Iran's annual oil and gas fair opens in Tehran on Tuesday, with 600 foreign companies seeking to position themselves for a return to large-scale operations if international sanctions are lifted.
With some of the world's biggest oil and gas reserves, the industry is the cornerstone of Iran's economy, but it was heavily hit by an American and European embargo on the energy and banking sectors in 2012.
Major energy firms have since left or been stifled from doing business because of economic sanctions imposed as punishment for the country's disputed nuclear programme.
Asian oil giants have sought to fill the void but Iran cancelled a contract with China National Petroleum Corporation last week, citing the latter's failure to fulfil output requirements.
Since an interim agreement with the P5+1 group of Britain, China, France, Russia, the United States and Germany came into effect in January, Iran has been allowed to maintain its oil exports at around 1.2 million barrels per day.
- Foreign investment needed -
Despite such numbers being higher than in recent years, Iran's oil exports are a fraction of what they were before sanctions -- the country was shipping 2.5 million bpd of crude abroad in late 2011.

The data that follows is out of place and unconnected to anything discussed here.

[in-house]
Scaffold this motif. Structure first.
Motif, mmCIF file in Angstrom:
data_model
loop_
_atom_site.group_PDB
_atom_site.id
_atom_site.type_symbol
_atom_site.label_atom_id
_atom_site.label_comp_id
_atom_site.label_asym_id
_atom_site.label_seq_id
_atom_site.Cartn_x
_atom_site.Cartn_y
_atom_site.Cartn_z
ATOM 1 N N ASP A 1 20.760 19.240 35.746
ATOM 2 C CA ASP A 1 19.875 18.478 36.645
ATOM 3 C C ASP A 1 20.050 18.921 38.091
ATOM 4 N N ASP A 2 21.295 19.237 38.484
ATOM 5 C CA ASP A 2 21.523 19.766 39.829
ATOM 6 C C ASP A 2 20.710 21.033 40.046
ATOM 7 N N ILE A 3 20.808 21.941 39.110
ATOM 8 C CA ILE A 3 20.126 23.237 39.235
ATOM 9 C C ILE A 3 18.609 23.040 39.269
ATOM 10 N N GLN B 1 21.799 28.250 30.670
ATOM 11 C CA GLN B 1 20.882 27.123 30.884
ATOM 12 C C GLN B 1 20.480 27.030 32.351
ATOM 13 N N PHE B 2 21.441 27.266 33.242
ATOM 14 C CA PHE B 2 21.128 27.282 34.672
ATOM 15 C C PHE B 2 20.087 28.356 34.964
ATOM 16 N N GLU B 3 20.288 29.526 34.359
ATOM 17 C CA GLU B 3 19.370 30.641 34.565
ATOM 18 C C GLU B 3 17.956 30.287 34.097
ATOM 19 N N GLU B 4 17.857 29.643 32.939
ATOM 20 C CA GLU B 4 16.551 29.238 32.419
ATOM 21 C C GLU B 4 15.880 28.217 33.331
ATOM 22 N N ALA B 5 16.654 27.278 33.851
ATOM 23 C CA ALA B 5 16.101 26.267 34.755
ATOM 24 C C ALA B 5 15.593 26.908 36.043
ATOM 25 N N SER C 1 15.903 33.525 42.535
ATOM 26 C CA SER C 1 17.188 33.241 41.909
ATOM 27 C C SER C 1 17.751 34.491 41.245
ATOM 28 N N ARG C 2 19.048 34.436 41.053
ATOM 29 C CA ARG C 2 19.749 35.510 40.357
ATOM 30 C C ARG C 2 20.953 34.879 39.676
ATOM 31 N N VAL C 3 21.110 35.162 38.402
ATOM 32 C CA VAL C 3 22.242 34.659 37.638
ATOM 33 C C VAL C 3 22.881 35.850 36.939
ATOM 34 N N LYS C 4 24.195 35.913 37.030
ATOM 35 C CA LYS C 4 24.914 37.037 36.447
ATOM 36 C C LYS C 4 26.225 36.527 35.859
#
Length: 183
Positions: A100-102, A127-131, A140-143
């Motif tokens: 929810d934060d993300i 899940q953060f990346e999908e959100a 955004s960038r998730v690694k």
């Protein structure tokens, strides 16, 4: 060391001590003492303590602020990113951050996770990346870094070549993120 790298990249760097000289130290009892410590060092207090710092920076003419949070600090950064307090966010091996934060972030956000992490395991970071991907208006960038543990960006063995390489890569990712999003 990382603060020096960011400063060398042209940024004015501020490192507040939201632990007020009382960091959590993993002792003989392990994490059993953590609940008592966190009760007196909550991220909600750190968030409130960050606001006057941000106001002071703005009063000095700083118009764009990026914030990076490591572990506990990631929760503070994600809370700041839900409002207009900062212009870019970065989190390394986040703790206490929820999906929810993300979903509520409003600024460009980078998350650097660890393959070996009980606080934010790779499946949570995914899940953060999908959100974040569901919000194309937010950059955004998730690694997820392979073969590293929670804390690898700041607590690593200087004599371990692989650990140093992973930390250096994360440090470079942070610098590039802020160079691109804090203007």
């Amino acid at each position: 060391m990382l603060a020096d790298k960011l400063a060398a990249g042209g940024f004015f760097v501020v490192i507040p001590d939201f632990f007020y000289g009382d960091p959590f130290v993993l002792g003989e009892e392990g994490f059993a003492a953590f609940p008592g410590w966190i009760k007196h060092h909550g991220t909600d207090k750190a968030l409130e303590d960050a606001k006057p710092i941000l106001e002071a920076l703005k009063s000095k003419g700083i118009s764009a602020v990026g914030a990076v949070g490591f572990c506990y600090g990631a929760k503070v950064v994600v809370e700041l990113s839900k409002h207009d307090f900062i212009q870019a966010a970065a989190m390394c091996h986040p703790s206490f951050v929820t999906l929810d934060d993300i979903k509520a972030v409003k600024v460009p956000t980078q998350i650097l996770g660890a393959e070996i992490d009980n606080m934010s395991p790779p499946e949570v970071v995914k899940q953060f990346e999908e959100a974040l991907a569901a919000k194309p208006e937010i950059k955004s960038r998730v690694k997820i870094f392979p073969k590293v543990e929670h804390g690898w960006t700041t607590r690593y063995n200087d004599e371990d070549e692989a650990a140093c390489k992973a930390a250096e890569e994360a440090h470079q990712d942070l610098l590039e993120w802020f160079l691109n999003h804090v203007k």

President Hassan Rouhani and Oil Minister Bijan Zanganeh have said in recent months Iran would benefit from the investment and technology transfer that international oil companies can deliver.
Regional representatives from France's Total and the German conglomerate Siemens are among 600 foreign companies registered for the International Oil, Gas and Petrochemical Refining Exhibition, according to government officials.
The number is three times higher than in 2013, Nematollahi Akbar, a spokesman for Iran's Oil Ministry, told AFP, noting that 1,200 Iranian firms will attend, up 50 percent.
"Total and Siemens will be represented by their regional officials and Chinese companies are present this year," Akbar said.
Iran and world powers are preparing for a fifth round of talks in Vienna next week aimed at a long-term deal on curbing Iran's nuclear activities.
Nearly one year after the election of Rouhani, a self-declaredmoderate, "the good participation" from foreign companies allows "renewal of relations and the presentation of projects", Akbar said.
- Big interest -
An Iran-based Western businessman involved in petrochemical engineering told AFP there were high hopes of a return to large-scale operations.
"I hope that Western officials will be more accommodating because of the general political climate in Iran," he said, noting his company had maintained a local presence to be ready to react if sanctions are lifted.
Hatef Haeri, a Tehran-based energy expert with the ICG consultancy group, said this year's stronger foreign presence at the fair indicated better conditions for deals.
"The energy market in Iran is huge," he said. "With a five-year plan for $150 billion of investment, some of this must come from abroad."
Iran has the world's fourth highest oil reserves and the second highest gas deposits, behind Russia.
However, a second economic expert based in Tehran who will attend the fair, was more cautious, stating the world's biggest oil companies would not send global representatives.